The United States men’s national team played Colombia to a scoreless draw in Carson, California Saturday in its second match since the 2022 World Cup. The stalemate comes three days after a 2-1 loss to Serbia in another friendly, leaving the Americans — which had just five holdovers from the World Cup roster available for this month’s two friendlies — to wait until at least March for their first win of 2023.
Here are three quick thoughts on Saturday’s match and the year-opening camp overall.
A winless January despite improved U.S. performance
All five Qatar 2022 veterans were in interim boss Anthony Hudson’s starting lineup for this one, but Los Careferos were a formidable opponent despite having significantly less experience than the hosts. And for a game without any goals, this was an entertaining affair.
The sloppiness that’s a staple of any match in which most players are between seasons was obvious, but both sides fought hard from the opening whistle.
“It could easily have been a qualifying game, such was what the players were putting into it,” Hudson said afterward. “It was a very intense game.”
The U.S. nearly opened the scored through debutant Paxten Aaronson — the younger brother of Leeds United attacker Brenden — twice in the first half. World Cup vet Jesus Ferreira, playing against his birth nation, squandered the best opportunity of the contest in the second. The U.S. also had two penalty shouts waved away by the officials, who didn’t have the benefit of a video assistant referee for this exhibition.
That doesn’t chance that there was no goal to be had on Saturday, and no victory to celebrate in this first get-together of the 2026 World Cup cycle. Add in Thursday’s mid-camp bombshell that U.S. Soccer sporting director Earnie Stewart is leaving along with USMNT general manager Brian McBride plus World Cup coach Gregg Berhalter’s uncertain future with the program, and it hasn’t been the best month for the U.S. men. Still, this camp served its purpose overall.
“The objective of this camp was to look for new players,” Hudson said. “I think we achieved our objectives. There’s a bunch of players in there that we wanted to see with us, we wanted to see in competitive games. It’s given us the opportunity to do that.”
Several young Americans showcase potential
U.S. under-20 national team star Paxten Aaronson displayed both his promise and his inexperience against Colombia, but he was also heavily involved throughout his first international appearance.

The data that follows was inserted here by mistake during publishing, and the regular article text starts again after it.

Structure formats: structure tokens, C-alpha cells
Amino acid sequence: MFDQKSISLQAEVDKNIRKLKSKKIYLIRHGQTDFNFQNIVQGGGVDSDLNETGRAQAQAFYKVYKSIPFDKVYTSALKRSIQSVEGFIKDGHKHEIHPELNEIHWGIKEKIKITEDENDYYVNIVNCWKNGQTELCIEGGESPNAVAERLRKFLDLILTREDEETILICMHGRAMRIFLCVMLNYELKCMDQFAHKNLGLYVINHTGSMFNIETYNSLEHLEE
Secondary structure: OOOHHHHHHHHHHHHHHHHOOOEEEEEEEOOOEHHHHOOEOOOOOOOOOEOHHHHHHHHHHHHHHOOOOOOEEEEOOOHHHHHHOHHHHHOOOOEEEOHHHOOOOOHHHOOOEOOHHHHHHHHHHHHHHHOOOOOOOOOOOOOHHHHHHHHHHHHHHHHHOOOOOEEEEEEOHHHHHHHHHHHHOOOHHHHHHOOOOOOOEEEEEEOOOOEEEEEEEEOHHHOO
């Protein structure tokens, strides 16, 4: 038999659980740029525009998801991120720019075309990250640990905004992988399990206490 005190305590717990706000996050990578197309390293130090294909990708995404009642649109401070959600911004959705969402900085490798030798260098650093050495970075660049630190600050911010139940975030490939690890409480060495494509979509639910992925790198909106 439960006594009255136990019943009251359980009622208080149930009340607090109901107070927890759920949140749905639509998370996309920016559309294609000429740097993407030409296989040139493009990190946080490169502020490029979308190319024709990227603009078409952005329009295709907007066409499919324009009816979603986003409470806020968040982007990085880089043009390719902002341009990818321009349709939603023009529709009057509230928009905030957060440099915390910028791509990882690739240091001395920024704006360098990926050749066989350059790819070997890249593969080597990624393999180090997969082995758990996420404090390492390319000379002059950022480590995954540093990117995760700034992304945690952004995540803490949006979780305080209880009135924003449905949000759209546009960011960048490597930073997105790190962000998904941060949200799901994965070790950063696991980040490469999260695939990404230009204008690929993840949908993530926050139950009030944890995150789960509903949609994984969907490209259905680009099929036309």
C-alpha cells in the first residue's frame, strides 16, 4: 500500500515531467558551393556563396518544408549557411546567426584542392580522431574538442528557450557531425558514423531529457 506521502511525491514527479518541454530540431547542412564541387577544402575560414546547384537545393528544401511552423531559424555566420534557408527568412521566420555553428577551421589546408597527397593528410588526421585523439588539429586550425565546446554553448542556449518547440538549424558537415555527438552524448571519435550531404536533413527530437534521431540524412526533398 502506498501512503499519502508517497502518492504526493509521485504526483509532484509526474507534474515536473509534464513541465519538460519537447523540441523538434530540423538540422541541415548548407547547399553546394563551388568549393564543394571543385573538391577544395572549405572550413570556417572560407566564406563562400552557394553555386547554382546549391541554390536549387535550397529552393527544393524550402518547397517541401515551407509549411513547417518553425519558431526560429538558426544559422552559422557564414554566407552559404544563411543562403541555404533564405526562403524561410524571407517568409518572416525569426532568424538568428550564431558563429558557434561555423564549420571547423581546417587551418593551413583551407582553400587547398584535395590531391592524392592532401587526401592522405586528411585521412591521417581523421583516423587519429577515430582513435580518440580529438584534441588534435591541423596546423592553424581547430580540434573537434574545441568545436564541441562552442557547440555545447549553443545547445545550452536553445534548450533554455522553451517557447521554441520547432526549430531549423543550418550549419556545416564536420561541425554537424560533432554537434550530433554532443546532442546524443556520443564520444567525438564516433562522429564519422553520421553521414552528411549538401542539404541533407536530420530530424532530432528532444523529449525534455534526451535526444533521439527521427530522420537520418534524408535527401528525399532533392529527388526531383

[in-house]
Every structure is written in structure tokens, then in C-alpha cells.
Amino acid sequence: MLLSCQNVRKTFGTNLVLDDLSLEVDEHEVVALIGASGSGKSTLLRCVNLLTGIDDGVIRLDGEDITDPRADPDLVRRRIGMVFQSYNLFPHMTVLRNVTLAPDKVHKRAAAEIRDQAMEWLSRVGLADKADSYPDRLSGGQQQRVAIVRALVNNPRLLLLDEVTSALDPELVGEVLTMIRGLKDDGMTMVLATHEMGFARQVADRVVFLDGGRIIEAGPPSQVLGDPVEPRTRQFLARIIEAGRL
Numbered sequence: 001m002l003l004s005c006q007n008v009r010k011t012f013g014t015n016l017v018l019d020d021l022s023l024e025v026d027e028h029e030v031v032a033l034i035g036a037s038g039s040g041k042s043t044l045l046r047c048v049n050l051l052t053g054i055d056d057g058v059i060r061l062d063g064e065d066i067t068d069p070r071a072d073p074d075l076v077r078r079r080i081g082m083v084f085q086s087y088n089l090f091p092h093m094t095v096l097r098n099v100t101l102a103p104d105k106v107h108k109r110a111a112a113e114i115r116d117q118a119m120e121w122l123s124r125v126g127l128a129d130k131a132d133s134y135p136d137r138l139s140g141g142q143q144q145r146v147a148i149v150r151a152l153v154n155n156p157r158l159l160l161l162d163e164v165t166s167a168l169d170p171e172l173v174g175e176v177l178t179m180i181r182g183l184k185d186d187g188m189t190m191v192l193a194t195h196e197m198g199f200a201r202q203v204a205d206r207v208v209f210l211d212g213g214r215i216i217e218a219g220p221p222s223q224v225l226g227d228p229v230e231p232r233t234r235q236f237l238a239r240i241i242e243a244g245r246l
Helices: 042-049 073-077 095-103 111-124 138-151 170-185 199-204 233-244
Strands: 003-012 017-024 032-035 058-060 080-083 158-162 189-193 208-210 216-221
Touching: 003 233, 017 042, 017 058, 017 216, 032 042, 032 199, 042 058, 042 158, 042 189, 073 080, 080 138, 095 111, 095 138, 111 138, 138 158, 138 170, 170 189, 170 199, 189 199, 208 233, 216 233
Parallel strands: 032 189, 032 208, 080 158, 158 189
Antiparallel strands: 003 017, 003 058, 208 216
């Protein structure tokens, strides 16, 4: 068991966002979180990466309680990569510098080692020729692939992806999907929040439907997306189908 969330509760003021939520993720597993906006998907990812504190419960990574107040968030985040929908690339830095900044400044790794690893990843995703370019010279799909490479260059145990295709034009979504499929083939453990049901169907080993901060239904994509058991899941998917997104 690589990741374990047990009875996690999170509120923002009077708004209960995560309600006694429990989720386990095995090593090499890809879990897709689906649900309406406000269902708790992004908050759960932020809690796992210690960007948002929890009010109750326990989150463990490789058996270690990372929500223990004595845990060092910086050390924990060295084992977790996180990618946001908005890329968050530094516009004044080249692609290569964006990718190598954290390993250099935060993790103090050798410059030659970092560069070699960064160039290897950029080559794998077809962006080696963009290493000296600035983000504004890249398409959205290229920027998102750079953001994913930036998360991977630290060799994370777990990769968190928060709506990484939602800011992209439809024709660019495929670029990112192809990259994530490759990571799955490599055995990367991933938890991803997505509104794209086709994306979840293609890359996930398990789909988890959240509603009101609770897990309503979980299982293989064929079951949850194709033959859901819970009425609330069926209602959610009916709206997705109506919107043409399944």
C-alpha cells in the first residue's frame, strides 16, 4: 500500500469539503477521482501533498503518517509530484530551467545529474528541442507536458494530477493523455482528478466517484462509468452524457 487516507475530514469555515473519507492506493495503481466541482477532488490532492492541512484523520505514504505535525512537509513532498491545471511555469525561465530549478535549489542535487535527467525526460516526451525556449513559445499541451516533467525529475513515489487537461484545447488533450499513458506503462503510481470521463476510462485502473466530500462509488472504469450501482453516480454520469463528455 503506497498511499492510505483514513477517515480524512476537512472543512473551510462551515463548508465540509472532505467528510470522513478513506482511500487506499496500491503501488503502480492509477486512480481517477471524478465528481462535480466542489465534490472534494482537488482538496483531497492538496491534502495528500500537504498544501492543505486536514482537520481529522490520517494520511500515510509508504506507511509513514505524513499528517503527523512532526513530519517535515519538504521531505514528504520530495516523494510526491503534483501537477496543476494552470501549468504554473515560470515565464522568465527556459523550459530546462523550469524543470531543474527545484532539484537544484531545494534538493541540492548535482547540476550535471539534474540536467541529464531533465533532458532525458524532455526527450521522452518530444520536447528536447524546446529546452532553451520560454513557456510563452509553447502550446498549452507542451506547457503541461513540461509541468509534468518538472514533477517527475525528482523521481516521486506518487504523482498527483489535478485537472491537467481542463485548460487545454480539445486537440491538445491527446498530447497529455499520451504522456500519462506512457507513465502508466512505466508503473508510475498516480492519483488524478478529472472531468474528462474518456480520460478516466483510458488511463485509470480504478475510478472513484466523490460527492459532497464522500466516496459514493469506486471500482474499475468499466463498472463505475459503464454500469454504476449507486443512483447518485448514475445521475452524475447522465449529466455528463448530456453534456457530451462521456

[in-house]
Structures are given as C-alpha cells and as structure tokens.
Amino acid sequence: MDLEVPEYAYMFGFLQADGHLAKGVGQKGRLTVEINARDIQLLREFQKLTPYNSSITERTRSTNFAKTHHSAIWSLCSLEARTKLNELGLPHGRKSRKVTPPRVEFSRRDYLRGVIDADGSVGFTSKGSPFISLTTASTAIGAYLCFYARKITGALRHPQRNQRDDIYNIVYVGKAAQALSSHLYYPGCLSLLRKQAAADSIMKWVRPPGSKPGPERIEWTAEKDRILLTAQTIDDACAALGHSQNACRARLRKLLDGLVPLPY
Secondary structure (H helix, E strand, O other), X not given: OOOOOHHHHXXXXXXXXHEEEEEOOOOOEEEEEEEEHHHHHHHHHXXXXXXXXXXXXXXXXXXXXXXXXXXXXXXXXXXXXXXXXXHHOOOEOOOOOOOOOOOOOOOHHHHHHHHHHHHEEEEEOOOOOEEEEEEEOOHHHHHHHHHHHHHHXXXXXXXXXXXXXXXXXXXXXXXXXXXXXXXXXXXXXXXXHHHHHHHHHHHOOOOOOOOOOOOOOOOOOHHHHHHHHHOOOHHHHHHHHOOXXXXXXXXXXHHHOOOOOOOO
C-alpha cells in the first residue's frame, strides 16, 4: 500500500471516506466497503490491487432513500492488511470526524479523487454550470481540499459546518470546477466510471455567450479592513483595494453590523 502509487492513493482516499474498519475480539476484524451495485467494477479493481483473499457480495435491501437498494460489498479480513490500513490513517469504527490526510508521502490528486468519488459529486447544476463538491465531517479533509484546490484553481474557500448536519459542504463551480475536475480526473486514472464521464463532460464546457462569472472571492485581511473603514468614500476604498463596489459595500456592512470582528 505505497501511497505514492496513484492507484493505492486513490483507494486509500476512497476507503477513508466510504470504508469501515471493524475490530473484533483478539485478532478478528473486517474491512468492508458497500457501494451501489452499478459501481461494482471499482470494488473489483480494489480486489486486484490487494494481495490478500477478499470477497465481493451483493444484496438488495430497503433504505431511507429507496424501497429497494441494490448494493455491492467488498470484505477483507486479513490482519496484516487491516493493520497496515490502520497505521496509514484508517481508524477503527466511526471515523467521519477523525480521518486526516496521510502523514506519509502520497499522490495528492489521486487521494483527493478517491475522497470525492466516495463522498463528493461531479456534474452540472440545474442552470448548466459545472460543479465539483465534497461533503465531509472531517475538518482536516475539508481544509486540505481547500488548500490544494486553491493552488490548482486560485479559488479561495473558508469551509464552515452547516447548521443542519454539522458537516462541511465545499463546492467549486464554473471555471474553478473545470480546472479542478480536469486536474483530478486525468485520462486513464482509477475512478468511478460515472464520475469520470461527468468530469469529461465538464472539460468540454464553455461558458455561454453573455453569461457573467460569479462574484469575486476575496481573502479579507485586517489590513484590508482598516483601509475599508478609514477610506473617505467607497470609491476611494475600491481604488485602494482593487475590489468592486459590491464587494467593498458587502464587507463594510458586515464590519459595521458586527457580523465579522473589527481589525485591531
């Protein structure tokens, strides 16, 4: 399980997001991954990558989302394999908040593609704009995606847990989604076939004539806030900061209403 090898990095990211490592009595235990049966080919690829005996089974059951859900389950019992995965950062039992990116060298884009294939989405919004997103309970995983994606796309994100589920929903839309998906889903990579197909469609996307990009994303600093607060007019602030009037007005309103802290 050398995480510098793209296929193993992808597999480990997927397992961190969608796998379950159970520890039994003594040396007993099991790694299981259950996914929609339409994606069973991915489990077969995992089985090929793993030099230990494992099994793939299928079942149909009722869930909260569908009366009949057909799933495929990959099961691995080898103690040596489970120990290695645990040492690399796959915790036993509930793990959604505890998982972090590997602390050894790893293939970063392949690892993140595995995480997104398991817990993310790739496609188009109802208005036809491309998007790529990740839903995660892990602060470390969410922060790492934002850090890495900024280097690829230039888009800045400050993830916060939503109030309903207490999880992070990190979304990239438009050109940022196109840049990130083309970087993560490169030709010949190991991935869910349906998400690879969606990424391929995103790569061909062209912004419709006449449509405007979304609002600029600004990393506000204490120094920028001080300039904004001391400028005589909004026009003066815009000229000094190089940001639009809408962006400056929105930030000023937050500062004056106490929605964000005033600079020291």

Saturday’s other debutant, left back John Tolkin, also didn’t look out of place in one of the shallowest positions in the player pool.
“He’s a confident kid,” Hudson said of Tolkin. “I don’t think this situation phased him at all.”
In a somewhat surprising start over fellow striker Brandon Vazquez, Matthew Hoppe turned in a far better performance than he produced off the bench against Serbia. While his decision-making was suspect, his fight wasn’t.
“I would imagine, for defenders he’s horrible to play against,” Hudson said of Hoppe, who has struggled in his first season with Middlesbrough and was allowed by the English second tier club to participate in these matches. “He just doesn’t stop.”
Encouraging performances by Aaronson, Hoppe and Tolkin on Saturday follow those of fellow youngsters Cade Cowell and Gaga Slonina and the 24-year-old Vazquez against Serbia. A win would’ve been nice, but it’s hard to ask for much more than that.
“It was a really good test for our players, and especially some of the younger guys,” Hudson said. “This will have been a great experience for them.”
Bigger tests to come for the USMNT
The cold truth is that in the grand scheme of things, these two games don’t mean much. The 2022 World Cup ended last month. Only a handful of regulars were available for this camp. The squad is being overseen by a lame duck manager. Add in the off-field drama that has dominated the conversation around the national team since Qatar, including Thursday’s news that Stewart and McBride are out, and it shouldn’t be surprising that this group didn’t set the world on fire this week. These are glorified preseason friendlies. The results literally do not matter.
That won’t be the case in March, June and July. The Americans have two CONCACAF Nations League group stage games in late March, with the finals set for early June and the Gold Cup after that. The entire player pool will be available then. That will provide a better measure of where the U.S. is early in the 2026 cycle. The mood around the program might be lighter then, too.
“We’ve got an amazing group,” Hudson said. “A large number of the players are not here, but I can assure you they love playing for this team. They love coming to represent the national team, and to work with a group of players like that is a real privilege.”
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